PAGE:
Campaign for a Negotiated Settlement in Ukraine

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The Peace and Neutrality Alliance reiterates its utter and complete condemnation of the Russian invasion of Ukraine and is appalled at the utter disregard shown for civilian life and the consequent atrocities which have resulted, involving the murder of innocent parents and children.

The huge emotional wave of support for Ukraine across Europe and north America has brought us all together against the horror of this war, but there is a negative side. Those inflaming this crisis as a showdown between democracy and autocracy, between good and evil, are also making it harder to bring all sides together in a negotiated settlement that must come sooner or later.

Some Irish media commentators fuel this warmongering by suggesting the Russian war machine is weak, the Ukrainian resistance is stronger than expected, and with Western military aid and combat volunteers they can win this.

Ukrainian president Volodymyr Zelensky makes a plea for a ‘no-fly zone’, for fighter jets, and more lethal weapons, whilst President Vladimir Putin boasts that he also has supporters, thousands of well-trained volunteers from a now destroyed Middle East region.

President Joe Biden has stated his full support for Ukrainian independence, but there will be no US troops on the ground in Ukraine, repeating ‘I am not going to start World War Three’. So, are we watching, some perhaps encouraging, an ongoing proxy war between the US and Russia that will evolve into an even more horrific Ukrainian bloodbath?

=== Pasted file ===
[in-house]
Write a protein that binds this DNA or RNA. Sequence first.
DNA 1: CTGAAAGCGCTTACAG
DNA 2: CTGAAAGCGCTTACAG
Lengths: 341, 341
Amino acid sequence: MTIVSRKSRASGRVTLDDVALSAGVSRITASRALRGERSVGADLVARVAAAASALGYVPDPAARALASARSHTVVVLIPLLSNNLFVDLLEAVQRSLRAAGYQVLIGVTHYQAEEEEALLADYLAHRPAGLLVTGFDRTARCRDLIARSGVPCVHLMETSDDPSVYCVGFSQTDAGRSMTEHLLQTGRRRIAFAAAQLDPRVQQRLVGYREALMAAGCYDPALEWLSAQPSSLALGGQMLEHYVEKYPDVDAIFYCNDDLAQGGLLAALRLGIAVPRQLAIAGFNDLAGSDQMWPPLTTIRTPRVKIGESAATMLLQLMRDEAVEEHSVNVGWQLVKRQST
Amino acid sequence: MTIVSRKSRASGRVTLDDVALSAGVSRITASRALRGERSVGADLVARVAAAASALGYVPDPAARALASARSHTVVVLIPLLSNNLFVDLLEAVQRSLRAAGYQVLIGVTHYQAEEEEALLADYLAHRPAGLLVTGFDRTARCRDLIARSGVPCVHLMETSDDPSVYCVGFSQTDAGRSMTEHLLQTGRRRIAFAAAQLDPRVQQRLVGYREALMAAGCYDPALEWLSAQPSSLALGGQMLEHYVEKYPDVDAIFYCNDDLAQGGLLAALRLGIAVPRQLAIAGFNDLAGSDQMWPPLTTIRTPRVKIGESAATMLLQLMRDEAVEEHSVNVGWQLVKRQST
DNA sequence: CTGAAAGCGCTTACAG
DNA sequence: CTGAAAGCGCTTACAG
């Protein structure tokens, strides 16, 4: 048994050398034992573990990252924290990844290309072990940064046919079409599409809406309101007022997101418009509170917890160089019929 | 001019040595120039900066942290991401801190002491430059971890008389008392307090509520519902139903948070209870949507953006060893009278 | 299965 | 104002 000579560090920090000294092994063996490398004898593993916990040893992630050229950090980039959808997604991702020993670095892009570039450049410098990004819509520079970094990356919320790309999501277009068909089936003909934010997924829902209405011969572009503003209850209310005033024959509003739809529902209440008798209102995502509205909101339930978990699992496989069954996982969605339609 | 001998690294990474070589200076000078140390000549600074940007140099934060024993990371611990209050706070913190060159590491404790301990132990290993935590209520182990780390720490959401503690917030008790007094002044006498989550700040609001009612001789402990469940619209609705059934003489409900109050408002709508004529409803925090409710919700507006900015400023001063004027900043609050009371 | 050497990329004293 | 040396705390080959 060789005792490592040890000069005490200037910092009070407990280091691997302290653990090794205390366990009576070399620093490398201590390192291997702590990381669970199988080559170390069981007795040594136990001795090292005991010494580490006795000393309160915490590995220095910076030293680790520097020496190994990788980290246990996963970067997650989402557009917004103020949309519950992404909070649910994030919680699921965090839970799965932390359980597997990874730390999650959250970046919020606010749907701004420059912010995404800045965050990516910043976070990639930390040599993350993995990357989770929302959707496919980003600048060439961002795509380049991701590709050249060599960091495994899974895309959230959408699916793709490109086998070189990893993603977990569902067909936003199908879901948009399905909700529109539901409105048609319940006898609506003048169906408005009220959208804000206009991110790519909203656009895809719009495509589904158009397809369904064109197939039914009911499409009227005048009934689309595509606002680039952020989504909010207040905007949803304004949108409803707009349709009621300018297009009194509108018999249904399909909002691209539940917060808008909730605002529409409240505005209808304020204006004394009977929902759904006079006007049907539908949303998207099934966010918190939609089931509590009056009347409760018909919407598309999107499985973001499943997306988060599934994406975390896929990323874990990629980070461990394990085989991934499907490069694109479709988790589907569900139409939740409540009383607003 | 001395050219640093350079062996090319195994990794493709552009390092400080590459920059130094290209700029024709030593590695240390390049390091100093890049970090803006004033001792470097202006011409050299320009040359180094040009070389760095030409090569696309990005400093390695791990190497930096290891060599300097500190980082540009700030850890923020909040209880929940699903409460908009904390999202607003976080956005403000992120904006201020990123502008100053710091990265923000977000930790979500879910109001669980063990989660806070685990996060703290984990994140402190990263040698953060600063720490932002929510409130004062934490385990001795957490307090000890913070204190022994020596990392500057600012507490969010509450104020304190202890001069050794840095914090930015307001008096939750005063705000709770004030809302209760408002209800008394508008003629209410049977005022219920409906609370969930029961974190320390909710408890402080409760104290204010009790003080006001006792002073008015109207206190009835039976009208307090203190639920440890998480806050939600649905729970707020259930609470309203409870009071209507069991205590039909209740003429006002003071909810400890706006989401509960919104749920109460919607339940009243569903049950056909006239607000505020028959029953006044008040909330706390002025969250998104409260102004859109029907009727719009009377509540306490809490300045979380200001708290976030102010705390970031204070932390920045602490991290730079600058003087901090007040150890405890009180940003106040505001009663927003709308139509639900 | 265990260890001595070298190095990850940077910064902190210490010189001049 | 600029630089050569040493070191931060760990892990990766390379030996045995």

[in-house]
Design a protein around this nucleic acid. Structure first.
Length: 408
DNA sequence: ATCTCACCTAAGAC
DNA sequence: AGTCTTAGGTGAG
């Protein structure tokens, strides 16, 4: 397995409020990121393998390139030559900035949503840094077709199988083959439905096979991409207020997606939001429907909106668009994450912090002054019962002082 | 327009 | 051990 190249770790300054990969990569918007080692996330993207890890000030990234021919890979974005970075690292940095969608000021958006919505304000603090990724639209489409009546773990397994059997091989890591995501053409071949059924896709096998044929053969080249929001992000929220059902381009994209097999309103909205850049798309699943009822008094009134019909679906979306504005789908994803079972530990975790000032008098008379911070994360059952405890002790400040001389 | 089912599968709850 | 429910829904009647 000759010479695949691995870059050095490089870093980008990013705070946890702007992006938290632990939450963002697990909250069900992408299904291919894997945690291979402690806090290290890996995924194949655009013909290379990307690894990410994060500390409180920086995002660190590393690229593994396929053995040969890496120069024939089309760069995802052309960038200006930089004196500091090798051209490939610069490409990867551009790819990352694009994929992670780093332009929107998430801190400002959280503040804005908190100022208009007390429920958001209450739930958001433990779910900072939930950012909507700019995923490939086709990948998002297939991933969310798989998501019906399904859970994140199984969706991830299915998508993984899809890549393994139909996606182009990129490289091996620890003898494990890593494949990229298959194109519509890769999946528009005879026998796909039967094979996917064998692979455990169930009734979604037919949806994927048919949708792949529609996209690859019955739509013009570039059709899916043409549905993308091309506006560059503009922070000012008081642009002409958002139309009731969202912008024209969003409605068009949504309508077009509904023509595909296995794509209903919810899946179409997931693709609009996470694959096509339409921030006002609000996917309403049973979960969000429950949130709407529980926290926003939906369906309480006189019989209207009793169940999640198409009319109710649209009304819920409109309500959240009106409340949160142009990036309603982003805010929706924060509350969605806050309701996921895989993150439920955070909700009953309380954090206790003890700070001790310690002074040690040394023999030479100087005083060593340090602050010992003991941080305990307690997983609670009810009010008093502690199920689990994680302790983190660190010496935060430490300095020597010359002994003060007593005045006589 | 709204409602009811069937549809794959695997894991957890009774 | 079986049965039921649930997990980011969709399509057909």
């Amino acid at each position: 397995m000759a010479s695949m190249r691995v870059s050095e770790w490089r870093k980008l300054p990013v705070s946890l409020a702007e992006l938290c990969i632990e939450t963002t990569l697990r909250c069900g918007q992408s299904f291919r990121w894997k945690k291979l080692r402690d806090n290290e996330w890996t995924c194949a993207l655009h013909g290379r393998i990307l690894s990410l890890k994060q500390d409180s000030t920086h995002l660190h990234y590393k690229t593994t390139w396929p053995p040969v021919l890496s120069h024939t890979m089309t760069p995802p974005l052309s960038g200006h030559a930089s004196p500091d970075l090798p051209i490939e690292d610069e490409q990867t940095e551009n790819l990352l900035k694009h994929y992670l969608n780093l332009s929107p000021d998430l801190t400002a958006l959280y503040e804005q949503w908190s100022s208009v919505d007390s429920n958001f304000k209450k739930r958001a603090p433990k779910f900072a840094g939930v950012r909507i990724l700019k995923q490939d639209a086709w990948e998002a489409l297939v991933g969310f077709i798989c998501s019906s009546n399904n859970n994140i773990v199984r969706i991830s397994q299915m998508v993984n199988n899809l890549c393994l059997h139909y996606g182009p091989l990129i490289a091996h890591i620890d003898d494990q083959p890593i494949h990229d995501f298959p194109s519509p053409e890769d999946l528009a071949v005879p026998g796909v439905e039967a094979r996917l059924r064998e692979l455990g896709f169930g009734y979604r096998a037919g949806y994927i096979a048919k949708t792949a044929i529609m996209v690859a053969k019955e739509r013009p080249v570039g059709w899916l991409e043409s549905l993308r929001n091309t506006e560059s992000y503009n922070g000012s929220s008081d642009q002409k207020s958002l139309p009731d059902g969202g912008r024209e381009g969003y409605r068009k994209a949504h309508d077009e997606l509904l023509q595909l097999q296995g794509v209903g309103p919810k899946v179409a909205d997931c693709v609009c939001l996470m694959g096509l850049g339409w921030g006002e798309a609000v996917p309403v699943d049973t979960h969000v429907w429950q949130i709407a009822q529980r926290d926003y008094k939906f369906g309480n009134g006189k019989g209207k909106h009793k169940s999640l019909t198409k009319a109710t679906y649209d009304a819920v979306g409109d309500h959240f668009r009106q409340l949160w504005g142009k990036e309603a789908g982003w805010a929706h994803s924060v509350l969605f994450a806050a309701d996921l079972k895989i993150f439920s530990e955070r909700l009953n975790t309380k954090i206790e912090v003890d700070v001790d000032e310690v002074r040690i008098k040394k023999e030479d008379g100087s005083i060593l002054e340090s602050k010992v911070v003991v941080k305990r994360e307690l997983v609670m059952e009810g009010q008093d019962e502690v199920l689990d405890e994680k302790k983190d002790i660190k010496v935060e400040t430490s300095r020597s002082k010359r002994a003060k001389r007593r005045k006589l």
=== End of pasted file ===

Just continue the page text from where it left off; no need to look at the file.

We cannot disregard the way in which NATO helped to bring this situation about through its treacherous and irresponsible reneging on the commitment given to Mikhail Gorbachev that, upon the Soviet Union withdrawing from Central and Eastern Europe, it would not expand into that area. The clear model for dealing with the state of affairs thus brought about would have been that of neutral Finland, whereby a cordon sanitaire of countries bordering on the subsequent Russian Federation would have been created from the Baltic to the Black Sea.However, one can only proceed now from where we find ourselves. In this context, PANA notes the recent statement of the Kremlin spokesperson, Dmitry Peskov, obviously not made without the approval of Vladimir Putin. This outlined a solution based on

  1. A cessation of fighting by Ukrainian forces,
  2. An undertaking to place neutrality in the Ukrainian constitution, and
  3. Ukrainian recognition of the existing position in Crimea and Donbass.

This is, in effect, a partial retreat by Putin from the policy of either just creating a puppet state in Ukraine or incorporating it in the Russian Federation and seems to have come about as a consequence of the failure by Russia to quickly subjugate Ukraine.

This could be used as an opportunity for a just resolution of the crisis on the following modified basis: (a) a bilateral ceasefire, (2) the acceptance by Ukraine of constitutional neutrality on the condition of being able to maintain adequate military means of self-defence, and (3) referenda in the Crimea and Donbass under the supervision of the OSCE to determine democratically the future of those areas, within or outside Ukraine.

The principles which should be adhered to are the sovereignty and independence of the Ukrainian people, on the one hand, and peace and security in Europe, on the other. The peoples of Europe cannot allow themselves to be used as pawns in a geopolitical chess game chiefly involving the United States of America and the Russian Federation.

According to Roger Cole of PANA, there is also ominously, a militaristic lobby in Brussels which sees a chance to promote an armed Euro-Federation dominated by a Franco-German hegemony. We cannot lose sight of the fact that there are two major blocs in this confrontation and that demands should be made of both to accept a realistic, reasonable, and democratic settlement.

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